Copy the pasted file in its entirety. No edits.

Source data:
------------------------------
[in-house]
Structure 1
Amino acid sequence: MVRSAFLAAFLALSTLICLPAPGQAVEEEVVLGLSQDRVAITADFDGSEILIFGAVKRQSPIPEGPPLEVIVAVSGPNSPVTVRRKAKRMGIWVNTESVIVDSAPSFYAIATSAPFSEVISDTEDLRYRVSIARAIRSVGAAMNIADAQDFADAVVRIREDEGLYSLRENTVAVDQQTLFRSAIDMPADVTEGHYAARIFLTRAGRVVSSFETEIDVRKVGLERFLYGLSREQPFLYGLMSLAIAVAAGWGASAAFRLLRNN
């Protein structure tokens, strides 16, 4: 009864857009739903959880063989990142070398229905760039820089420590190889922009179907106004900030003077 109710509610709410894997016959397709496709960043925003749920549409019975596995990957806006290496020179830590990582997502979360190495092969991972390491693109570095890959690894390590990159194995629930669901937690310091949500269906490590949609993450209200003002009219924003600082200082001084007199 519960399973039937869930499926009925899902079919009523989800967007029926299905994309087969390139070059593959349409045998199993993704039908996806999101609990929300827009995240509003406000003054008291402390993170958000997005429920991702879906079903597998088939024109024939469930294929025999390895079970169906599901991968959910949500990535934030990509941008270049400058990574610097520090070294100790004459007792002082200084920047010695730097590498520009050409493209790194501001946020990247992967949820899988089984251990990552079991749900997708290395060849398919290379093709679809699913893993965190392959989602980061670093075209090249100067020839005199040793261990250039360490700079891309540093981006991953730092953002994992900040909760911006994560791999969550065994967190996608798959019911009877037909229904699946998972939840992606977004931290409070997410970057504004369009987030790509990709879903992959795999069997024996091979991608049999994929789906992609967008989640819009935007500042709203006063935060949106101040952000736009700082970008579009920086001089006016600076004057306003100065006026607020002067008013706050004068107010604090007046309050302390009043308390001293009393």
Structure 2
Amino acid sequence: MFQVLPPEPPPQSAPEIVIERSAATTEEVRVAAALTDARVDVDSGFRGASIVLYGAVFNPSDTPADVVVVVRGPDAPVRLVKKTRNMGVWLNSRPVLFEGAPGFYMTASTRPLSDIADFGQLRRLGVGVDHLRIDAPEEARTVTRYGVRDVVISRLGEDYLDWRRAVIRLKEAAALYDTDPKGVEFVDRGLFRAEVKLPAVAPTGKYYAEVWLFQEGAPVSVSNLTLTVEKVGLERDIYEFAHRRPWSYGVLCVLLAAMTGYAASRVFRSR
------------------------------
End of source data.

[in-house]
Structure 1
Amino acid sequence: MVRSAFLAAFLALSTLICLPAPGQAVEEEVVLGLSQDRVAITADFDGSEILIFGAVKRQSPIPEGPPLEVIVAVSGPNSPVTVRRKAKRMGIWVNTESVIVDSAPSFYAIATSAPFSEVISDTEDLRYRVSIARAIRSVGAAMNIADAQDFADAVVRIREDEGLYSLRENTVAVDQQTLFRSAIDMPADVTEGHYAARIFLTRAGRVVSSFETEIDVRKVGLERFLYGLSREQPFLYGLMSLAIAVAAGWGASAAFRLLRNN
């Protein structure tokens, strides 16, 4: 009864857009739903959880063989990142070398229905760039820089420590190889922009179907106004900030003077 109710509610709410894997016959397709496709960043925003749920549409019975596995990957806006290496020179830590990582997502979360190495092969991972390491693109570095890959690894390590990159194995629930669901937690310091949500269906490590949609993450209200003002009219924003600082200082001084007199 519960399973039937869930499926009925899902079919009523989800967007029926299905994309087969390139070059593959349409045998199993993704039908996806999101609990929300827009995240509003406000003054008291402390993170958000997005429920991702879906079903597998088939024109024939469930294929025999390895079970169906599901991968959910949500990535934030990509941008270049400058990574610097520090070294100790004459007792002082200084920047010695730097590498520009050409493209790194501001946020990247992967949820899988089984251990990552079991749900997708290395060849398919290379093709679809699913893993965190392959989602980061670093075209090249100067020839005199040793261990250039360490700079891309540093981006991953730092953002994992900040909760911006994560791999969550065994967190996608798959019911009877037909229904699946998972939840992606977004931290409070997410970057504004369009987030790509990709879903992959795999069997024996091979991608049999994929789906992609967008989640819009935007500042709203006063935060949106101040952000736009700082970008579009920086001089006016600076004057306003100065006026607020002067008013706050004068107010604090007046309050302390009043308390001293009393």
Structure 2
Amino acid sequence: MFQVLPPEPPPQSAPEIVIERSAATTEEVRVAAALTDARVDVDSGFRGASIVLYGAVFNPSDTPADVVVVVRGPDAPVRLVKKTRNMGVWLNSRPVLFEGAPGFYMTASTRPLSDIADFGQLRRLGVGVDHLRIDAPEEARTVTRYGVRDVVISRLGEDYLDWRRAVIRLKEAAALYDTDPKGVEFVDRGLFRAEVKLPAVAPTGKYYAEVWLFQEGAPVSVSNLTLTVEKVGLERDIYEFAHRRPWSYGVLCVLLAAMTGYAASRVFRSR